"You know," and I waved my hands ineffectually. "It's all look at my terrible emotional trauma, see how nothing can be done, doesn't it make you need to love me, please rescue me," kind of stuff."

There was a long silence. Cerridwen opened the note.

"I have so much love to give and no-one to give it to," she said.

I looked at her, irritably.

"Can it wait?" I said. "We're working."

"Not me, you clown" she said. "Look."

And she handed over the note.

"The only man I have feelings for is married," I read. After that was three or four lines of text, scribbled out and illegible.

"Checkmate" said Ernie.

Now, this should be the end of the matter. Boundaries have been crossed. There is a set protocol here. I have referred her to the Eastern service, where the two doctors are Dr Hahn, a vastly experienced and maternal woman with a long history in the mental health services (on the side where you lock people up, not the side where you get locked up), and Sarah. I don't know that there are a lot of options at the moment.

But there's more to it than that. There is a way in which things for her have altered. There is an aspect of punishment, of rejection, or abandonment to this.

She has become, in some way it's hard to articulate, a "bad patient".

Someone is sick, and they come to us, and we treat them, as long as she is not too sick, or as long as she is only sick in particular, prescribed ways.
The thing is, you look at borderline personality disorder, you look at it as a disease, and there are certain alterations in the brain. Prefrontal cortical control over the amygdala, the bit of your brain that recognises emotions in others, is weak. The amgdala is hyper-reactive, it over-reacts to certain facial expressions. It interprets both negative and neutral facial expressions as threatening.

This is at least partially under genetic control - to an extent, you are born with the tendency to see frightening or enraging things when other people do not. These "heritable risk factors" create difficulties in normal attachment - the emotional instability means fractured, fluctuating relationships that bafflingly, terrifyingly career out of control, that creates further emotional instability, and so on.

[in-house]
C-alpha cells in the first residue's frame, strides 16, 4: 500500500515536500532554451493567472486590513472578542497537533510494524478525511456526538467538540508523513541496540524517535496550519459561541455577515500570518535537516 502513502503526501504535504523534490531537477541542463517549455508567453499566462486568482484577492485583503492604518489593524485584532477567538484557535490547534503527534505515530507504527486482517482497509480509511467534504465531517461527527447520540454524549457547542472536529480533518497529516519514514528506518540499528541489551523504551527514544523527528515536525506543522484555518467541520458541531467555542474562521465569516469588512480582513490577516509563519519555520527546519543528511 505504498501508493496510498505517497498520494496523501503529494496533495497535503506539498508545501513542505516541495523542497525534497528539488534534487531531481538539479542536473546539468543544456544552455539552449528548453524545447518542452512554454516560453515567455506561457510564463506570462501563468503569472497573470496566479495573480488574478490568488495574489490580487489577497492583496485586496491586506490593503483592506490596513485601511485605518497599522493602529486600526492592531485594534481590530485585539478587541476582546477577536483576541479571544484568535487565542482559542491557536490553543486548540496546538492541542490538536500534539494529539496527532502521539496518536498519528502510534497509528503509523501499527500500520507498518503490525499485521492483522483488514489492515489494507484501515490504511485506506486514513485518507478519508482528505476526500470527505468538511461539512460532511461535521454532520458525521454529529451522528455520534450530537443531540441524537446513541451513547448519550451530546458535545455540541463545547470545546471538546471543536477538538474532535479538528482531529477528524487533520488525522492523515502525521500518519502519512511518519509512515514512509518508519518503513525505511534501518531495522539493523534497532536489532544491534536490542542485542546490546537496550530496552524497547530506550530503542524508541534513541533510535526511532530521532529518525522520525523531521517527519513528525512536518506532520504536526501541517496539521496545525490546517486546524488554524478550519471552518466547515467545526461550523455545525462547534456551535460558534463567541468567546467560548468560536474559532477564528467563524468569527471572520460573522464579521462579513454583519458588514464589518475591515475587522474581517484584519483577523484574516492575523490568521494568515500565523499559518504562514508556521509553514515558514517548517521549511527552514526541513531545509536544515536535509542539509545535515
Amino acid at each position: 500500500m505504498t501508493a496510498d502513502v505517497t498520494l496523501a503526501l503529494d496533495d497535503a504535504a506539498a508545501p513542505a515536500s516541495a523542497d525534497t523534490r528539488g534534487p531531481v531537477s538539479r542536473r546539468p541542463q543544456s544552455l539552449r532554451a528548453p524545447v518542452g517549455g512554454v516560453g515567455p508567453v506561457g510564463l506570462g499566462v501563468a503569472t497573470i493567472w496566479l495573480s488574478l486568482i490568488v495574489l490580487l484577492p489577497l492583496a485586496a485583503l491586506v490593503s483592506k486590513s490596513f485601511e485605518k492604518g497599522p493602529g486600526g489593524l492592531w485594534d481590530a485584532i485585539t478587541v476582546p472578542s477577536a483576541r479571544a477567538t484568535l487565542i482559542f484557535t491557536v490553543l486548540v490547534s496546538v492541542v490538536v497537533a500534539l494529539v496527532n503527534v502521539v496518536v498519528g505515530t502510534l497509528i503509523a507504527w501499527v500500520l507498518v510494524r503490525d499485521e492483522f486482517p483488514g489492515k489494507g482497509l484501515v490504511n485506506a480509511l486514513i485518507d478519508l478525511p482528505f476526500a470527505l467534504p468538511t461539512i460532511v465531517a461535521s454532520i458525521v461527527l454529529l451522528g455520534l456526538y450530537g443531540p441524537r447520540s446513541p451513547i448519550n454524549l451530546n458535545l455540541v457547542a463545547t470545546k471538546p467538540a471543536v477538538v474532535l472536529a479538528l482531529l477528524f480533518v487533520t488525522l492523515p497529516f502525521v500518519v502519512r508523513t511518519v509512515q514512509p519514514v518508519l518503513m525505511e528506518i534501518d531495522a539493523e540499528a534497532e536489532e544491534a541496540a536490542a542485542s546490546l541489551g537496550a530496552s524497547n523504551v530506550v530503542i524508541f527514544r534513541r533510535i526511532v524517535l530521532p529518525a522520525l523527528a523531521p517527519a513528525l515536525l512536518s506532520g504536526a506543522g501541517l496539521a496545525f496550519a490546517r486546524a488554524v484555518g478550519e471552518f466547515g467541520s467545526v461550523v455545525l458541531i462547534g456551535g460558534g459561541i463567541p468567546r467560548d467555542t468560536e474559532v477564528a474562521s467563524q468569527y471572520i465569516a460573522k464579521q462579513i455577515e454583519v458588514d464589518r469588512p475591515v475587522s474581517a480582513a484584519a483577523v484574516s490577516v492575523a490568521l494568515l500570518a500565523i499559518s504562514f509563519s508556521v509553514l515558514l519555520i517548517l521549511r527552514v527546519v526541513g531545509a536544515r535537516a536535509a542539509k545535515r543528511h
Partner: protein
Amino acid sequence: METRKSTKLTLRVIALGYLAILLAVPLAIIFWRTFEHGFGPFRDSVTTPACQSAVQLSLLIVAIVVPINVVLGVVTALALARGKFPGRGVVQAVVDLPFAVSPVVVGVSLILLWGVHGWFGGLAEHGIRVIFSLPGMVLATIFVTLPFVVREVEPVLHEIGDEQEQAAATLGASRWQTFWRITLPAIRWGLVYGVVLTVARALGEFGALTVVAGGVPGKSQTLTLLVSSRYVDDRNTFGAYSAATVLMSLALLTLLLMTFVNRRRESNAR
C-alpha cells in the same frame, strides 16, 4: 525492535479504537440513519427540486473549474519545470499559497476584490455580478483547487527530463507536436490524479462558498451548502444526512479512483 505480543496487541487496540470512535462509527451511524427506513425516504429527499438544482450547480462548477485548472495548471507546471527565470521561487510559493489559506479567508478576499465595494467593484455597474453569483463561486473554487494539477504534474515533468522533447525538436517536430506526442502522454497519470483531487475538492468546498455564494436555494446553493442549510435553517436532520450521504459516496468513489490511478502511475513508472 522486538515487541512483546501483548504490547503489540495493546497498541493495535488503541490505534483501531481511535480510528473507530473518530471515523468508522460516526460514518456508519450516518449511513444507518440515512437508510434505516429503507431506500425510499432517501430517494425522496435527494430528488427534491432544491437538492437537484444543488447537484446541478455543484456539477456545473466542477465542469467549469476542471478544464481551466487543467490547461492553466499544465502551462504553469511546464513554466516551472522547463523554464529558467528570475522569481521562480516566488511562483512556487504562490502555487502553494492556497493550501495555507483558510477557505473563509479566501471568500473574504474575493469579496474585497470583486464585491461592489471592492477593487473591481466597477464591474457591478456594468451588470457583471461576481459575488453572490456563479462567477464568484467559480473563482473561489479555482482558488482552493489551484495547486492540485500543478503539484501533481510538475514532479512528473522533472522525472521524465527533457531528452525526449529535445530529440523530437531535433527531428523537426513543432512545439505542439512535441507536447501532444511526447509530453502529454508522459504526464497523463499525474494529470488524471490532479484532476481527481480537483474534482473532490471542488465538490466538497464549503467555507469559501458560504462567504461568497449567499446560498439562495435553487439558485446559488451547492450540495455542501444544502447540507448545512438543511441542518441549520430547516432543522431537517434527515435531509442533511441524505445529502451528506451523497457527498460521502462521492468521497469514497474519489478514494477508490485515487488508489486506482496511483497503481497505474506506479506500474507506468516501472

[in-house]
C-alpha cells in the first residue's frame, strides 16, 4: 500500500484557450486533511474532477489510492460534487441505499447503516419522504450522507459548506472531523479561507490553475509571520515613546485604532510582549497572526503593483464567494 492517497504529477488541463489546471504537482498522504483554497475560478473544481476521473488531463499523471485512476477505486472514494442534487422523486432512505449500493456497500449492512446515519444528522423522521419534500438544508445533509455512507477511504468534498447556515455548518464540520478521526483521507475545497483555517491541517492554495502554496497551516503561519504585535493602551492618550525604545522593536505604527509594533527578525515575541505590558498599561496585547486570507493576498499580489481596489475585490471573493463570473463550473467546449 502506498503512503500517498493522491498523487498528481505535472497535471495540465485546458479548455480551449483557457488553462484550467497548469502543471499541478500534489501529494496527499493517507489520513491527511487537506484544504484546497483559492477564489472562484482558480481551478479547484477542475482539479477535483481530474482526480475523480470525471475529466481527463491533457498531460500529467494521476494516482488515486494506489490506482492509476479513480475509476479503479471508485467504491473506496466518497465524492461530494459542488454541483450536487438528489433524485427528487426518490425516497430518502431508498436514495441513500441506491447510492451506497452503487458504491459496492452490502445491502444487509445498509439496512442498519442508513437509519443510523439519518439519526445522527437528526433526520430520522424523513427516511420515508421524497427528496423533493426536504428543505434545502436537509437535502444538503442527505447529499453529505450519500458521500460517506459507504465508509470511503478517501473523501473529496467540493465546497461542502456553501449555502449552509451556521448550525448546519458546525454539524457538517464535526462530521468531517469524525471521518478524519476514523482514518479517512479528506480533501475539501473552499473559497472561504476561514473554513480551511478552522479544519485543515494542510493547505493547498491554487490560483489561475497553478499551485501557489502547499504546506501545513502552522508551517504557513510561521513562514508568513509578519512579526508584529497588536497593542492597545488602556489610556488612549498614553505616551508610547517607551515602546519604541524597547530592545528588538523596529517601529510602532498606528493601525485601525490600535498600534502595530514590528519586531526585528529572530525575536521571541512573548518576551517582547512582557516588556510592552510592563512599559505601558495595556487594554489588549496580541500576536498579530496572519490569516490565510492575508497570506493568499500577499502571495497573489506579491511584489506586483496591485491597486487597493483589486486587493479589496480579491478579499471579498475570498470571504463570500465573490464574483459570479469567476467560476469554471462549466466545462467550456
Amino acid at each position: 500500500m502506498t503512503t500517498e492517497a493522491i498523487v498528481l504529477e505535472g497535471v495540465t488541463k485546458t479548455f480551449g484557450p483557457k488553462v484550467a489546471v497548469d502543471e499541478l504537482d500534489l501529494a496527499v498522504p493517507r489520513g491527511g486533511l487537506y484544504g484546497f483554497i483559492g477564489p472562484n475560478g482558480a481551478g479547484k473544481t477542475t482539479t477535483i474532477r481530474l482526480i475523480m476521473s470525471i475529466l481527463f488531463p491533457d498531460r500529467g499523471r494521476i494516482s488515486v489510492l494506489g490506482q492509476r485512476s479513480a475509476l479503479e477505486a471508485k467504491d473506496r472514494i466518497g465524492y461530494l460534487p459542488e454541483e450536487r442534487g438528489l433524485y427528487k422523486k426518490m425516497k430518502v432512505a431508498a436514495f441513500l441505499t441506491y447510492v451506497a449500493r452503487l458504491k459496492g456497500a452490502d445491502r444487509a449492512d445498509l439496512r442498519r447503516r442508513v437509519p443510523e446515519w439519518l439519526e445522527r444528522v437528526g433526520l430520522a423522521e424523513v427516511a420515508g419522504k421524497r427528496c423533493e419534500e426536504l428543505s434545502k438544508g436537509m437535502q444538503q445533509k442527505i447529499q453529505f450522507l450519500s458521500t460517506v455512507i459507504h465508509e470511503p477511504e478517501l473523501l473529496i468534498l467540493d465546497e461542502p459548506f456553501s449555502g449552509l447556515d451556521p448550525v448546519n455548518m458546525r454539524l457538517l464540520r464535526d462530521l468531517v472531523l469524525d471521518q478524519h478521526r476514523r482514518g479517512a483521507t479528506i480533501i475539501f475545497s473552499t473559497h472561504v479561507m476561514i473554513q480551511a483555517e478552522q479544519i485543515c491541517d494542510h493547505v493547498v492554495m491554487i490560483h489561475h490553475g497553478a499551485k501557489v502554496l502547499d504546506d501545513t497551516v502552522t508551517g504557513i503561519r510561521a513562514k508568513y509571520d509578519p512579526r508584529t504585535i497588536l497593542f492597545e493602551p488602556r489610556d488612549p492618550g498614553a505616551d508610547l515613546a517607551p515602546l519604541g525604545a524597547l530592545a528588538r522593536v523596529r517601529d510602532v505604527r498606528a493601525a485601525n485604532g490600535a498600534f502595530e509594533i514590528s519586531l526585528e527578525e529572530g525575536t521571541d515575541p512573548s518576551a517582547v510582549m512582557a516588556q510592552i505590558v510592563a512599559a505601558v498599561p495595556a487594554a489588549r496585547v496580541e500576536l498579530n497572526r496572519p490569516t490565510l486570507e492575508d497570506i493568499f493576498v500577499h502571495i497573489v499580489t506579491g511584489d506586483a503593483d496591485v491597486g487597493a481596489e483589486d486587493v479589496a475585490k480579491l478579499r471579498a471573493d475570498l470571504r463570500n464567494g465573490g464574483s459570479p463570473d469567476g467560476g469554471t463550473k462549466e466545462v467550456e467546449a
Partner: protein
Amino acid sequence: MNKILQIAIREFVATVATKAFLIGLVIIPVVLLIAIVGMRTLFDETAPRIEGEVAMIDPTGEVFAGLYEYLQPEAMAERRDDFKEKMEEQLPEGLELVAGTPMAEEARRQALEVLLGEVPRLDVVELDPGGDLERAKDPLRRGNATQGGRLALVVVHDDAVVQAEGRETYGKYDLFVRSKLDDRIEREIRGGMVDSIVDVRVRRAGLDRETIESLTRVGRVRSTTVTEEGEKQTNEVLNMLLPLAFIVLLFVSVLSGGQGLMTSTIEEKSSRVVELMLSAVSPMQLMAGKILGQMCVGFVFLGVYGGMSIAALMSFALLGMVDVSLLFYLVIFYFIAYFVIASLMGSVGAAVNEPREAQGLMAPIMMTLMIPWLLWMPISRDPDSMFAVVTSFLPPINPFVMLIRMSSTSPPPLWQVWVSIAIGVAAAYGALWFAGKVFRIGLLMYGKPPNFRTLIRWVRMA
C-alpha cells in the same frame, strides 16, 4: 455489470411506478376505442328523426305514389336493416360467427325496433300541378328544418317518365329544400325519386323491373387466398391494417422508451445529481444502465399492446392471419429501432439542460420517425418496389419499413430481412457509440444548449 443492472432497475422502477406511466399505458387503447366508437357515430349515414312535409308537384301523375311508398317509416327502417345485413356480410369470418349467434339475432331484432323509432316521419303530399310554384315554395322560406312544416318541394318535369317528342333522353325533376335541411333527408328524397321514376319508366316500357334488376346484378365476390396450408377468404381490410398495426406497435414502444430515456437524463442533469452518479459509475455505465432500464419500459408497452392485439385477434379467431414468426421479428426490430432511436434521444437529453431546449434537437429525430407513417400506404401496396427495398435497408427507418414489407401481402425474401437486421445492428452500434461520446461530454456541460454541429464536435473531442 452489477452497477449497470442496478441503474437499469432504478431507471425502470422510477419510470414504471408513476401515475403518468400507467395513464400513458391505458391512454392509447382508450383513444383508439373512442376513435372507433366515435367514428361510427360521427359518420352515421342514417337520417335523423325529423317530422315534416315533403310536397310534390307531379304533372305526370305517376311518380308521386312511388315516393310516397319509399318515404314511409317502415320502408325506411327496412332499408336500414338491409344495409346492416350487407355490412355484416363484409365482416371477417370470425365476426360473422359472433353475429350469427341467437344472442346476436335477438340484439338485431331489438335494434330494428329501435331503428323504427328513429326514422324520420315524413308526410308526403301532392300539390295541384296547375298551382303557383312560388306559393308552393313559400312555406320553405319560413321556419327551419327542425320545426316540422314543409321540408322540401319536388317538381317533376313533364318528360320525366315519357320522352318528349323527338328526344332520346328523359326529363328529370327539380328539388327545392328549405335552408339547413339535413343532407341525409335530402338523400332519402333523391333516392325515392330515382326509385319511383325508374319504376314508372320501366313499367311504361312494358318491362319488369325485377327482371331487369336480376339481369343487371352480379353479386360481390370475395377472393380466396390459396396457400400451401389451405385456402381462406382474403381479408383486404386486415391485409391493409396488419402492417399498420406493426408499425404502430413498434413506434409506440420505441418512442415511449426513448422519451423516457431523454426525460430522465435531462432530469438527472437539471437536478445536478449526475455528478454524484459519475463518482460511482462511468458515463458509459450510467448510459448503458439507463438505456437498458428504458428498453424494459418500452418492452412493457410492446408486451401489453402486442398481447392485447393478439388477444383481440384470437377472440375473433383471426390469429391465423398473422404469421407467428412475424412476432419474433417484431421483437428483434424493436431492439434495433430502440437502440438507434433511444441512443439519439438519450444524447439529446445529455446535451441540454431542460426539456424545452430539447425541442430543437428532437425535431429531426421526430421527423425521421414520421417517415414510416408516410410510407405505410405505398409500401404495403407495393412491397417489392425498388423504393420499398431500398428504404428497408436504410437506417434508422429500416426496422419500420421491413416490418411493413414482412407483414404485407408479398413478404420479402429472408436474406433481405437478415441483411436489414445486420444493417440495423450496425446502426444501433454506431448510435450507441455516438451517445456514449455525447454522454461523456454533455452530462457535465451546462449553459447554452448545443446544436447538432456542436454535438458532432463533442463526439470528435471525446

Erica - heavily mascara'd, wearing her best clothes, always on time - is going to experience this as rejection. She will experience this as rejection, I think it is possible to see her point of view with this.

So, she is being rejected.

She is being punished.

Generally, you're punished when you've done something wrong.

Generally, it's wrong when it's not your fault.

The closest I ever came to hearing wisdom in my few brief months in the psych training programme was someone saying that pathological personality structures (borderline personality disorder, antisocial personality disorder, etc.) were not things designed to piss the treating doctor off, they were instead structures that the patient had constructed to protect him or herself from the world. Less spite and malice than psychic scar tissue and reflex movements, ways of getting by.

Anyway. I have a patient waiting. I am out of practice with this - the computer ate my last three posts.

Please be patient.

Thanks for listening,
John

3 Comments:

Blogger miss mouse said...

oh dear...such a kettle of fish...and pain and hurt anew, though none of it intended by you....
i DO hope there is no way for Erica to suss out the connection btw you and Sarah.....cuz that could launch the levels of confusion and accusation and pain to the stratosphere.....
gotta hate the ones in her life who hurt her this way....
will be thinking of you..and her...you know to not ever be alone in a room with her again, right? for your sake, and hers....

10:15 AM  
Anonymous Anonymous said...

none post related:

You are such a tease. To write after so long...and to stop again. Please write again

2:10 AM  
Blogger SEAMONKEY said...

You'd better keep writing, or we may have to hunt you down and make you blog at gunpoint. (Joking... but PLEASE do write again!)

7:18 AM